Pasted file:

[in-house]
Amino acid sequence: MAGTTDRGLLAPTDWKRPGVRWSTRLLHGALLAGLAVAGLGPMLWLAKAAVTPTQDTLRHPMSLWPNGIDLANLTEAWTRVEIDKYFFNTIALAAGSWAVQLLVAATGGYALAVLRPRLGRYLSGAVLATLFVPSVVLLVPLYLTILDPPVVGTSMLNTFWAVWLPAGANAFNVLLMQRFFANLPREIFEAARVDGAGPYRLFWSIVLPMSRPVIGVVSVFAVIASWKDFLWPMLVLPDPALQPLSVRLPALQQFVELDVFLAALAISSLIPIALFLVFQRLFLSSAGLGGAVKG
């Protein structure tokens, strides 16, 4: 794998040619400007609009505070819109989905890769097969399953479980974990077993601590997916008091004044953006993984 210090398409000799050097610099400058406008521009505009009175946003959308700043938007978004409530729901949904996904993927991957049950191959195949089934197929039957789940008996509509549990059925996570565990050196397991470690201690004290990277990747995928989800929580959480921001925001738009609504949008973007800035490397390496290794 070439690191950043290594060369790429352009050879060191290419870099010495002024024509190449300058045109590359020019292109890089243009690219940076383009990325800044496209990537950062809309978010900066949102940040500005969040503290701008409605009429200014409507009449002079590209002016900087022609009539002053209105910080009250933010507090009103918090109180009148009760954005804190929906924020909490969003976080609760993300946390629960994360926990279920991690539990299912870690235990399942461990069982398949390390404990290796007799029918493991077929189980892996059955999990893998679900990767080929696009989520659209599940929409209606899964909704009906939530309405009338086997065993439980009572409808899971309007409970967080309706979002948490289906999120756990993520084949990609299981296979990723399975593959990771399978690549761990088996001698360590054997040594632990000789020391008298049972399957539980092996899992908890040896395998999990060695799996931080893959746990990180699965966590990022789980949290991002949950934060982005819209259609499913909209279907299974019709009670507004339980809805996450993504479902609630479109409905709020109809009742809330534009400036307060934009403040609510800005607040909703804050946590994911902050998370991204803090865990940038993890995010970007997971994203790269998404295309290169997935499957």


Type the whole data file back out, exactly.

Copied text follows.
[in-house]
Amino acid sequence: MAGTTDRGLLAPTDWKRPGVRWSTRLLHGALLAGLAVAGLGPMLWLAKAAVTPTQDTLRHPMSLWPNGIDLANLTEAWTRVEIDKYFFNTIALAAGSWAVQLLVAATGGYALAVLRPRLGRYLSGAVLATLFVPSVVLLVPLYLTILDPPVVGTSMLNTFWAVWLPAGANAFNVLLMQRFFANLPREIFEAARVDGAGPYRLFWSIVLPMSRPVIGVVSVFAVIASWKDFLWPMLVLPDPALQPLSVRLPALQQFVELDVFLAALAISSLIPIALFLVFQRLFLSSAGLGGAVKG
């Protein structure tokens, strides 16, 4: 794998040619400007609009505070819109989905890769097969399953479980974990077993601590997916008091004044953006993984 210090398409000799050097610099400058406008521009505009009175946003959308700043938007978004409530729901949904996904993927991957049950191959195949089934197929039957789940008996509509549990059925996570565990050196397991470690201690004290990277990747995928989800929580959480921001925001738009609504949008973007800035490397390496290794 070439690191950043290594060369790429352009050879060191290419870099010495002024024509190449300058045109590359020019292109890089243009690219940076383009990325800044496209990537950062809309978010900066949102940040500005969040503290701008409605009429200014409507009449002079590209002016900087022609009539002053209105910080009250933010507090009103918090109180009148009760954005804190929906924020909490969003976080609760993300946390629960994360926990279920991690539990299912870690235990399942461990069982398949390390404990290796007799029918493991077929189980892996059955999990893998679900990767080929696009989520659209599940929409209606899964909704009906939530309405009338086997065993439980009572409808899971309007409970967080309706979002948490289906999120756990993520084949990609299981296979990723399975593959990771399978690549761990088996001698360590054997040594632990000789020391008298049972399957539980092996899992908890040896395998999990060695799996931080893959746990990180699965966590990022789980949290991002949950934060982005819209259609499913909209279907299974019709009670507004339980809805996450993504479902609630479109409905709020109809009742809330534009400036307060934009403040609510800005607040909703804050946590994911902050998370991204803090865990940038993890995010970007997971994203790269998404295309290169997935499957």